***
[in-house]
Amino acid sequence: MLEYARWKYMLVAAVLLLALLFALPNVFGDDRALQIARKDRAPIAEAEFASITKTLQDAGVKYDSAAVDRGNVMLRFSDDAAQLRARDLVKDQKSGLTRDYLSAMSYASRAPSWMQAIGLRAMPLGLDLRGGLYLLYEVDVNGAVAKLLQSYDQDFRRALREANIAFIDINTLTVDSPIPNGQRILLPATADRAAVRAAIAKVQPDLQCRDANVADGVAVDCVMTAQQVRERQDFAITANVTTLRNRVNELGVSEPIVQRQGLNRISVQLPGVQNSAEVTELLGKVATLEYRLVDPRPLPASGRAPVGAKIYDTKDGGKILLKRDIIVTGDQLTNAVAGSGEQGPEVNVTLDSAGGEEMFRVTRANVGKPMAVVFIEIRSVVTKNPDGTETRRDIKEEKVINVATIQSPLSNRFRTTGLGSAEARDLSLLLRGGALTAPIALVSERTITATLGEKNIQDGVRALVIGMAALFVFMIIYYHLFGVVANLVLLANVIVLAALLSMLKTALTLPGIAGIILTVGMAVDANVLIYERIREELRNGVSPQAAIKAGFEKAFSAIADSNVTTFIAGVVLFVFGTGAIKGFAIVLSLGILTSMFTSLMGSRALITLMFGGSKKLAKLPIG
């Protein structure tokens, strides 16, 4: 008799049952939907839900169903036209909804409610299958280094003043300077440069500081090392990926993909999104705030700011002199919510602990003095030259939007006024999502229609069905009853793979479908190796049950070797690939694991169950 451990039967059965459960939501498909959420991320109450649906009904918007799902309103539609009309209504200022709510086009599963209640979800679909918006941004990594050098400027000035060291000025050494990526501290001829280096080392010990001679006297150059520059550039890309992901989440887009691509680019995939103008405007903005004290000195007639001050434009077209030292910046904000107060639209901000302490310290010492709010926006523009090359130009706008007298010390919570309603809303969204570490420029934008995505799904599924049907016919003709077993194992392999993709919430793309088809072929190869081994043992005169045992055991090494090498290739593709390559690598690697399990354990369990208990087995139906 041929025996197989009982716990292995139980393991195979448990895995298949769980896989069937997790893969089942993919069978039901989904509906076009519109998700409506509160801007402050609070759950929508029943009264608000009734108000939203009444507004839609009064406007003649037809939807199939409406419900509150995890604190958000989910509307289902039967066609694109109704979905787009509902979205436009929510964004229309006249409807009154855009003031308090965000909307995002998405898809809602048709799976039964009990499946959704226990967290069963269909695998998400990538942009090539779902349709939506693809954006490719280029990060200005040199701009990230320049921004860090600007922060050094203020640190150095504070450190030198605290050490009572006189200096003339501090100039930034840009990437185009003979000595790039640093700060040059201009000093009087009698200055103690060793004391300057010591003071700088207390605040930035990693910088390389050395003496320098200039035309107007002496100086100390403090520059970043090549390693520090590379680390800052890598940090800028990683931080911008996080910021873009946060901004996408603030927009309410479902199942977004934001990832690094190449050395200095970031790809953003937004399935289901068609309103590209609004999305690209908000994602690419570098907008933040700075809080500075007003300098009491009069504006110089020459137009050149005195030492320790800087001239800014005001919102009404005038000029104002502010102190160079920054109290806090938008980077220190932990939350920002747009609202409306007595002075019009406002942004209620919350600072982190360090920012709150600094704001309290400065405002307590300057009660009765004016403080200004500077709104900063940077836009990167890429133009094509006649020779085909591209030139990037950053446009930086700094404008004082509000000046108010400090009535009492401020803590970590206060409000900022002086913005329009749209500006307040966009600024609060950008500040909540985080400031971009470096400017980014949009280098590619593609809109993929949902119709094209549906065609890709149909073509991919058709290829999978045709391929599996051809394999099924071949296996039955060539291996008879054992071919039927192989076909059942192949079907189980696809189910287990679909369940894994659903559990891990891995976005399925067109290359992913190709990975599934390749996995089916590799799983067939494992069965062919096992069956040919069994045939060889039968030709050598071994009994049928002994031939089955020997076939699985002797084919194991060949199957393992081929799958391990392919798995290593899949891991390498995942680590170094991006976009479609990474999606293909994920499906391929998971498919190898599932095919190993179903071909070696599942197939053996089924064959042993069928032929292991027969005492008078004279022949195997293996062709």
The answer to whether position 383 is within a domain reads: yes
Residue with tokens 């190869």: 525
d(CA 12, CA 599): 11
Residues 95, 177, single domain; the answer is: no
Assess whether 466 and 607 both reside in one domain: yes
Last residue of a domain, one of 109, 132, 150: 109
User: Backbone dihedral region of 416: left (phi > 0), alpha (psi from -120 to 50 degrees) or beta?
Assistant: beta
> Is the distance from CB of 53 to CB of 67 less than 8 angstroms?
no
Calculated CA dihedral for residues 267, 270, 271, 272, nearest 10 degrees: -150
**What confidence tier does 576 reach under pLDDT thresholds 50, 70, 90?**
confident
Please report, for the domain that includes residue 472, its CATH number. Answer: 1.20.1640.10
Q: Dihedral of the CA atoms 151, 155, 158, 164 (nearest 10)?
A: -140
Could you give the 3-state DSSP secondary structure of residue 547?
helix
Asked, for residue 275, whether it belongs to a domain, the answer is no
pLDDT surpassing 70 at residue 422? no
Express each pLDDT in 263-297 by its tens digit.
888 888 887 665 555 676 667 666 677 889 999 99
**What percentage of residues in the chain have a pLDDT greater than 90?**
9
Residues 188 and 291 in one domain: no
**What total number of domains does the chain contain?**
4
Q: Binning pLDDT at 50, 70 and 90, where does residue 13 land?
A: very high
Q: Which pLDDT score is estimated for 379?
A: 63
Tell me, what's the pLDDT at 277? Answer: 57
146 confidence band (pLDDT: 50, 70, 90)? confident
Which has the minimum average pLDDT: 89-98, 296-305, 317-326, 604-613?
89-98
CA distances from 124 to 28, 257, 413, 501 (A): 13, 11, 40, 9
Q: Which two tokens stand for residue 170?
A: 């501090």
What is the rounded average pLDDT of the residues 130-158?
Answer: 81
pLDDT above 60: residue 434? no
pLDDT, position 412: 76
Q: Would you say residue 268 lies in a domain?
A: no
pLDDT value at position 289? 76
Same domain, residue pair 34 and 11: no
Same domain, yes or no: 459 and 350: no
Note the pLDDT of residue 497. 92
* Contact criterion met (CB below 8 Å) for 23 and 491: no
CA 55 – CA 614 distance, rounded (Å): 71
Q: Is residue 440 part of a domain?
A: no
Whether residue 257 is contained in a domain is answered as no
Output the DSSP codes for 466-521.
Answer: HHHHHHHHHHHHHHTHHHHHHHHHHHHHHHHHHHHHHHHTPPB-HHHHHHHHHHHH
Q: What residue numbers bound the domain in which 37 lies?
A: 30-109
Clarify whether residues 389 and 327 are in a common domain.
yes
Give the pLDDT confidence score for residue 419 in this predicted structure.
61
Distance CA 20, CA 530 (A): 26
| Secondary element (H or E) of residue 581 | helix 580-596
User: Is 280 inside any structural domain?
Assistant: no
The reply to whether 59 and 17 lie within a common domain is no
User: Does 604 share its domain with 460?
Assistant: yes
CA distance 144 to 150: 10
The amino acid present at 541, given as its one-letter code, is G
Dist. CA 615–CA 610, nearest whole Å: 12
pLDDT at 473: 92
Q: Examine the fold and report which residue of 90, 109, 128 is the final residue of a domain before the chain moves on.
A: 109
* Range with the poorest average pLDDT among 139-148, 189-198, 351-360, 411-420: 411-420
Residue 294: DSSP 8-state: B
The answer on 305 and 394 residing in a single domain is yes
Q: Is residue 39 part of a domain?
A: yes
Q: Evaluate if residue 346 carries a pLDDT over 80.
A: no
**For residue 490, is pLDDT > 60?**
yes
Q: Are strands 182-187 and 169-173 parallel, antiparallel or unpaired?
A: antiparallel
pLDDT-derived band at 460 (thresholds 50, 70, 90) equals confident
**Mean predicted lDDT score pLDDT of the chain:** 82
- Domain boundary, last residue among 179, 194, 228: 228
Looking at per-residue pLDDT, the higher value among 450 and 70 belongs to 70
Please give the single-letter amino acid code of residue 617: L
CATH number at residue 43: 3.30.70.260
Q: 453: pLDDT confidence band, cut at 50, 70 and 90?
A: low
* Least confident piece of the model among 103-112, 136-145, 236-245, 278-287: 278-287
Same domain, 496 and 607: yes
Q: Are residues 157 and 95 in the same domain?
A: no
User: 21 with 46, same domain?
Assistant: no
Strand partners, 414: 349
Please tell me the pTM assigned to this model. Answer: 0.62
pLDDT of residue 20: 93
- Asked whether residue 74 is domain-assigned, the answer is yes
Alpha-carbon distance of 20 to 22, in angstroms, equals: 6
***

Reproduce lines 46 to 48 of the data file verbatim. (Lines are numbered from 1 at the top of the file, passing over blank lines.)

Q: Would you say residue 268 lies in a domain?
A: no
pLDDT value at position 289? 76